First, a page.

Revisit the world of Jane Austen’sPride and Prejudice, through the eyes of the woman who is determined to win Mr. Darcy’s affections, in this sumptuous and romantic novel.
To Jane Austen’s faithful readers, it is a truth universally acknowledged that the hearts of Elizabeth Bennet and Fitzwilliam Darcy are forever entwined. But if Miss Caroline Bingley has her way, all will transpire very differently.
Ever since she met him, Caroline has intended to wed Mr. Darcy. Intelligent and well educated, Caroline is an ambitious rising star in fashionable societyâ??some might say connivingâ??but in Regency England, what can she do to better her situation but marry well? Surely, Mr. Darcy is aware that Caroline will make the perfect wife and hostess at Pemberley, his grand estate. Now, all she need do is await his proposal.
Caroline’s brother, Charles, takes a country estate, Netherfield Park, where he is drawn to Jane Bennet. To Caroline’s initial amusement, Mr. Darcy takes note of Elizabeth Bennet, but humour turns to concern when his interest increases.
At the same time, Caroline meets Mr. Tryphon, a young man new to London and introduced to society by Caroline’s friend, Lady Eleanor Amesbury. Try as she may, Caroline finds it well-nigh impossible to maintain her decorum in his company. Despite her growing feelings for Mr. Tryphon’s dark eyes, and the touch of his firm forearm beneath her gloved fingers, Caroline knows that her future life is entwined with that of Mr. Darcy. And nothingâ??not love, passion, friendship, or loyaltyâ??shall stand in the way of Caroline’s aspirations inMiss Bingley Requests, Judy McCrosky’s richly romantic reimagining ofPride and Prejudice.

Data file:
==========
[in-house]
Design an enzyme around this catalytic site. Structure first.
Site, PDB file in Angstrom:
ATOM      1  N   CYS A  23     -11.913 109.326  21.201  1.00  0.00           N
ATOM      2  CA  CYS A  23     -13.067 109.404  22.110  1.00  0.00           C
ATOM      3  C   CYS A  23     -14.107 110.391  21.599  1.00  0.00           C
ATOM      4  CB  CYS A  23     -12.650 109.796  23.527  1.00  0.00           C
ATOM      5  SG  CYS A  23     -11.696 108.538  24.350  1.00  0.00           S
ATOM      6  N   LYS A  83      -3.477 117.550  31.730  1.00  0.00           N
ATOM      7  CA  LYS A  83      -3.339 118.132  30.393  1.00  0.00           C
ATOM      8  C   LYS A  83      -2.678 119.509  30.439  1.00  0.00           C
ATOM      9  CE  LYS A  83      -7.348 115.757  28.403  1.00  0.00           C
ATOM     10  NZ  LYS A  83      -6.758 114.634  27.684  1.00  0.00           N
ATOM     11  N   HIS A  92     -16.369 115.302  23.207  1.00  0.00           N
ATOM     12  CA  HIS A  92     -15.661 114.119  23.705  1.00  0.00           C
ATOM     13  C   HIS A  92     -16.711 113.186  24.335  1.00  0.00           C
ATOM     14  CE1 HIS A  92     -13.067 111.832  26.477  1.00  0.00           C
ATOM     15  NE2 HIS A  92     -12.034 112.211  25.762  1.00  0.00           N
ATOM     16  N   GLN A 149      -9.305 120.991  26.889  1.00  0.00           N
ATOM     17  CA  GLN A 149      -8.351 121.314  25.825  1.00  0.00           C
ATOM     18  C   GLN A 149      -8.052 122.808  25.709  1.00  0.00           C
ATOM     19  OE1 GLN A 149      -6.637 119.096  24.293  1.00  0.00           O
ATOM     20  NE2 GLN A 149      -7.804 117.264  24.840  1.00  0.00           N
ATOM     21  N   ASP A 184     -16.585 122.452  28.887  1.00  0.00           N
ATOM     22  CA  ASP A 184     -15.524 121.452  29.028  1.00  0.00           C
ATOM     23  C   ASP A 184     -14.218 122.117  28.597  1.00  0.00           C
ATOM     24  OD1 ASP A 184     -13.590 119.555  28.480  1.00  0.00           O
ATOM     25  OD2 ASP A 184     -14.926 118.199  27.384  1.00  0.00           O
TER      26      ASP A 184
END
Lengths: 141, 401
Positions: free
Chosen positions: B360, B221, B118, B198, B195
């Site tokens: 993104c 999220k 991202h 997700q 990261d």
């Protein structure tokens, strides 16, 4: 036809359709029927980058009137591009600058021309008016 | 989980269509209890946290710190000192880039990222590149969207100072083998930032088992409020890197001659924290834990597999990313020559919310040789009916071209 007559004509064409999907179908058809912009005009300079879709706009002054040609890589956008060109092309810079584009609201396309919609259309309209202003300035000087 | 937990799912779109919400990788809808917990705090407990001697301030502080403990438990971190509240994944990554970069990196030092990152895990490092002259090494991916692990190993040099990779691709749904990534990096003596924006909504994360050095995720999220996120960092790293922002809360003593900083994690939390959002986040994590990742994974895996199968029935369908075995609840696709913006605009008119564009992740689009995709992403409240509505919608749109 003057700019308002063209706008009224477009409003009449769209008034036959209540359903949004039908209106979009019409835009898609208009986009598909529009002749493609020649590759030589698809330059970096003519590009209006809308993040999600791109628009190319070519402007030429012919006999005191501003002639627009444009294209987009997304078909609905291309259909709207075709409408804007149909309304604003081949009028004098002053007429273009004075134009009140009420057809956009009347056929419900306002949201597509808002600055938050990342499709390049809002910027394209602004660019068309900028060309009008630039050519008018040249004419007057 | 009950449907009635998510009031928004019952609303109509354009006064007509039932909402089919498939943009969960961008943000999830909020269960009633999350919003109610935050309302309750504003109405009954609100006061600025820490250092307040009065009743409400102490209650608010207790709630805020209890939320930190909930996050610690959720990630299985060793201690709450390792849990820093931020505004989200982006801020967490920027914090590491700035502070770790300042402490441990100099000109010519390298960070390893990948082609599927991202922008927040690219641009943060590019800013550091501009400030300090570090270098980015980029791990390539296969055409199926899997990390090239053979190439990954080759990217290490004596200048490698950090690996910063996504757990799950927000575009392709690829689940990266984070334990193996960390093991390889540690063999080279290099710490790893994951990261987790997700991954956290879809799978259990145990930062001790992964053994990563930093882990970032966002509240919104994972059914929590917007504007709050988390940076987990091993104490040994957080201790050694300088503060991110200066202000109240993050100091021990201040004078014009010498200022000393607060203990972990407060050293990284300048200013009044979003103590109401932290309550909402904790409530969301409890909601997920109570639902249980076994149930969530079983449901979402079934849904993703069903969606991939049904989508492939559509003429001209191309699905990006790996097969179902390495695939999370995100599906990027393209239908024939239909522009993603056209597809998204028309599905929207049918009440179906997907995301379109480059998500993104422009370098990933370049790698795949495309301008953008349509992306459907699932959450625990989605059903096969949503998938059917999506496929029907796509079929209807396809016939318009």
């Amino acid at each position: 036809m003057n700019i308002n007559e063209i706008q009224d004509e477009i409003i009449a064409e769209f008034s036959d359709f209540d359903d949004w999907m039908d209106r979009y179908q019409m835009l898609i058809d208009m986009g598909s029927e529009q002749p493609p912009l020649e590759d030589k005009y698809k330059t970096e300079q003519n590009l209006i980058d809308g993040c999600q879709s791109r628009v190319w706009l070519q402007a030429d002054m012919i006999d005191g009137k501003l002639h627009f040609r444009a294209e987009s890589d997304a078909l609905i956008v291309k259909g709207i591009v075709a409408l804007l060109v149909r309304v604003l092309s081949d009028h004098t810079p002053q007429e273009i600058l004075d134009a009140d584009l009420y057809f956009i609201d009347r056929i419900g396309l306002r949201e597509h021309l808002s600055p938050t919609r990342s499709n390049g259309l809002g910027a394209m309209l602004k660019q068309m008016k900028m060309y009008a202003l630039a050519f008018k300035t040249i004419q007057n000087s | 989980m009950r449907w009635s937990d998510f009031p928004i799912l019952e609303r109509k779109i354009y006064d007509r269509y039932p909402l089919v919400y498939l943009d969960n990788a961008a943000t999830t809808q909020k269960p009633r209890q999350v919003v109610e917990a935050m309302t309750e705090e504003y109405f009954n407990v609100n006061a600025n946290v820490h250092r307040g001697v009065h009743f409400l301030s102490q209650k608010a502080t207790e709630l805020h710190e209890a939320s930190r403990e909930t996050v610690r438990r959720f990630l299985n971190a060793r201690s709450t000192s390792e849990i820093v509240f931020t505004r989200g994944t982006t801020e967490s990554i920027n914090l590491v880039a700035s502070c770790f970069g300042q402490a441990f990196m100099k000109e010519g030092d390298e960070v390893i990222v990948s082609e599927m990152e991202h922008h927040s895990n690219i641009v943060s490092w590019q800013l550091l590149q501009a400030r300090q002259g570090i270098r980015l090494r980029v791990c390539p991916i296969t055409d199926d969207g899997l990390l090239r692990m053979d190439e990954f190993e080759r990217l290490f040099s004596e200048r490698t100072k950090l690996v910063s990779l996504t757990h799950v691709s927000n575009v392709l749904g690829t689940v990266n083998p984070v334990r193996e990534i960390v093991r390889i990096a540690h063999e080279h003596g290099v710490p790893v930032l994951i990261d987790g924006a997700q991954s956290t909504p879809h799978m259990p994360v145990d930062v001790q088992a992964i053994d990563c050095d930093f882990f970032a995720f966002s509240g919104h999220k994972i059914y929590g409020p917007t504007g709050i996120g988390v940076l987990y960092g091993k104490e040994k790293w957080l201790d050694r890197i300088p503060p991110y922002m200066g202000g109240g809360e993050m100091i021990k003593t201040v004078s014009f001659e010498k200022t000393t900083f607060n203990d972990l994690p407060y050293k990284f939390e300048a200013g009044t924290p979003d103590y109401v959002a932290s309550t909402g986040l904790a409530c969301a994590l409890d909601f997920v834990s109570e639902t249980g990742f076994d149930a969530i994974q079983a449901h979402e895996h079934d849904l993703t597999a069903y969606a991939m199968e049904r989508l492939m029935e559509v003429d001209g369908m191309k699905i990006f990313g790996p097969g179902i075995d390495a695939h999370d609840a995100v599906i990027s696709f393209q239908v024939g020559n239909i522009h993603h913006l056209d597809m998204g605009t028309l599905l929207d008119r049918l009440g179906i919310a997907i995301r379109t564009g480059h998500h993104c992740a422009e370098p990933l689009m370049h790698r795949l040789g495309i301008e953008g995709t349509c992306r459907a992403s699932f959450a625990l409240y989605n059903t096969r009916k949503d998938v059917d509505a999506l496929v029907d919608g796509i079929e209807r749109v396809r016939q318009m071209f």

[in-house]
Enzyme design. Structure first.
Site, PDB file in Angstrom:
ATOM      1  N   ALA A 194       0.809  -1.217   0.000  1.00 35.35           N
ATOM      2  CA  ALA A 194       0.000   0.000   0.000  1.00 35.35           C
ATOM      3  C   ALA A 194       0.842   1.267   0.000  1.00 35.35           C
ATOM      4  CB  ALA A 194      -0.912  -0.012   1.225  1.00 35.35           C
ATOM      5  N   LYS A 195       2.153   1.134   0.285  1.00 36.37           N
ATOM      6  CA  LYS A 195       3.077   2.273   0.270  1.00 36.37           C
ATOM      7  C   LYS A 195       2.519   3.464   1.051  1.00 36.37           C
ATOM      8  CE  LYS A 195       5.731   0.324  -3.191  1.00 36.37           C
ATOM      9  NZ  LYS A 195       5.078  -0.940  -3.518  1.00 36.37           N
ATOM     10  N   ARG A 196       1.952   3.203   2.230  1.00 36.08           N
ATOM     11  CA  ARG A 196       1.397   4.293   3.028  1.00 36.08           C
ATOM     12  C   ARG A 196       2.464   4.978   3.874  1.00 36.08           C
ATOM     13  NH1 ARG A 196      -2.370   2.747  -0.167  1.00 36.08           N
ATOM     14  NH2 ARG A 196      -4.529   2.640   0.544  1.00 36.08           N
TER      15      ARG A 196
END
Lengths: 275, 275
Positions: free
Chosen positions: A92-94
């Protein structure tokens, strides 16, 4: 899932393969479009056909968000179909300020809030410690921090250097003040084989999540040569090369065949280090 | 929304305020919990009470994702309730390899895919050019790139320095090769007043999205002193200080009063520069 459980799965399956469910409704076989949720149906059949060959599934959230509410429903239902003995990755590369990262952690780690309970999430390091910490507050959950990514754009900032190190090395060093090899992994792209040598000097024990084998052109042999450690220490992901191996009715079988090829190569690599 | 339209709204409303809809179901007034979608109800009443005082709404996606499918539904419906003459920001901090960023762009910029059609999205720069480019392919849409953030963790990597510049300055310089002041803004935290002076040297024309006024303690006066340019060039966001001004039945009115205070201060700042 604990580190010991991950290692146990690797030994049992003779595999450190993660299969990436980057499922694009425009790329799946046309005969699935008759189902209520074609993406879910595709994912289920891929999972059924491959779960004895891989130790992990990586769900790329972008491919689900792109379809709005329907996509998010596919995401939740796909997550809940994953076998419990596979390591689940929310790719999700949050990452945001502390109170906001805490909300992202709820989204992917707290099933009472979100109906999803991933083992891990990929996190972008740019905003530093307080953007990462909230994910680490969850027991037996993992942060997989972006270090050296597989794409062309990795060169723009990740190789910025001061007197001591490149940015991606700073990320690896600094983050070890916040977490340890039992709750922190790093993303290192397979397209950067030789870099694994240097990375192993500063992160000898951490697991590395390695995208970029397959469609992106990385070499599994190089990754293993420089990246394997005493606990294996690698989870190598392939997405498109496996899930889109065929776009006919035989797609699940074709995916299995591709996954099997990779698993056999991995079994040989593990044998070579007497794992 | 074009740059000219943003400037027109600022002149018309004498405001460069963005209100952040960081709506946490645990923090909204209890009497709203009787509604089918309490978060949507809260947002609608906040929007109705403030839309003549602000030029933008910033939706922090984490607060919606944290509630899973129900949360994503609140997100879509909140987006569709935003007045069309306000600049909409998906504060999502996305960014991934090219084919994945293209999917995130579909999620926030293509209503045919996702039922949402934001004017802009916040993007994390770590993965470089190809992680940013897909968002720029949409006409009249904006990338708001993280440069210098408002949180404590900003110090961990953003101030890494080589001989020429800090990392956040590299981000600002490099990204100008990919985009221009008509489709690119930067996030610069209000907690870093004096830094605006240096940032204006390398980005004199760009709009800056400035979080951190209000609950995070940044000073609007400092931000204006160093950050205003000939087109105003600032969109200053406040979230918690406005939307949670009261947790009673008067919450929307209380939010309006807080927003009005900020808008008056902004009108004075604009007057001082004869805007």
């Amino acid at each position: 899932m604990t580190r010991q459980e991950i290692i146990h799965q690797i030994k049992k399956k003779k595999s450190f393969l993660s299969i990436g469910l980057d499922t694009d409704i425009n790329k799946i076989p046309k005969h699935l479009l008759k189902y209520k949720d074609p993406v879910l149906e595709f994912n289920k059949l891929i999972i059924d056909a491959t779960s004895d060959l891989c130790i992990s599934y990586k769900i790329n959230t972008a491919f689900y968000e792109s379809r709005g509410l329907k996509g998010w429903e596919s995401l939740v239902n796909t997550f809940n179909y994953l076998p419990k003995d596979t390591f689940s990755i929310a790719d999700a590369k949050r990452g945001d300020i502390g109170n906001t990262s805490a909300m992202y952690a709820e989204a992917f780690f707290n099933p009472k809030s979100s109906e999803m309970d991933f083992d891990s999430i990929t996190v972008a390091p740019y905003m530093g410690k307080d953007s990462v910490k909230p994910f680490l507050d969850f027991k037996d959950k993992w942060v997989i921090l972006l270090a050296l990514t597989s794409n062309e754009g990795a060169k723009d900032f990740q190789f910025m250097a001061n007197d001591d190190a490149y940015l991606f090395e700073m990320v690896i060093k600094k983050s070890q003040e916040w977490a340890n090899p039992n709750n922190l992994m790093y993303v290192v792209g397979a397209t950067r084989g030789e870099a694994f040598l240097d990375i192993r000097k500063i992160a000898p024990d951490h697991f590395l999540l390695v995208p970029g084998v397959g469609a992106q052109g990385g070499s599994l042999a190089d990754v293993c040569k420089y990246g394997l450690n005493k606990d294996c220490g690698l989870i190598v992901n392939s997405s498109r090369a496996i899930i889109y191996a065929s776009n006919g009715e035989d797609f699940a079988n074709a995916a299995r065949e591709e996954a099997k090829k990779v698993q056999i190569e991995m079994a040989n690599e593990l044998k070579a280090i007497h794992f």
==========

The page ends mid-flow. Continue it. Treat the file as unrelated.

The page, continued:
Born in Aberdeen, Scotland,Judy McCrosky lived there only a month, alas, not enough to get a Scottish accent. She grew up in Toronto, went to Oakwood Collegiate Institute, studied psychology at McGill University, and then at Queen’s. She worked in psychology for a few years, but thankfully discovered that she belongs in the arts. She now lives in Saskatoon, Saskatchewan, which has been immortalized by many leading literary lights, including Mark Twain.
Praise forMiss Bingley Requests:
"This charming tale told by Eliza Bennet’s rival will allow enthusiasts to peer through the windows of Mr. Darcy’s Pemberley estate."
"A glimpse into the inner workings of Caroline Bingley's mind... Alternately funny, naive, catty, and caring, Caroline is surprisingly relatable."
—Elizabeth Adams, author ofOn Equal Ground
"I thoroughly enjoyed the unique perspective of Caroline Bingley... [Judy McCrosky] is particularly talented at replicating Austen's style of writing, the period setting, and some of her wit."
—Marsha Altman, author of the Darcys & the Bingleys series
"[An] introspective reimagining ofPride and Prejudice...McCrosky turns her hand to the difficult accomplishment of working the unlikeable character of Miss Caroline Bingley into a sympathetic one."
—Historical Novels Review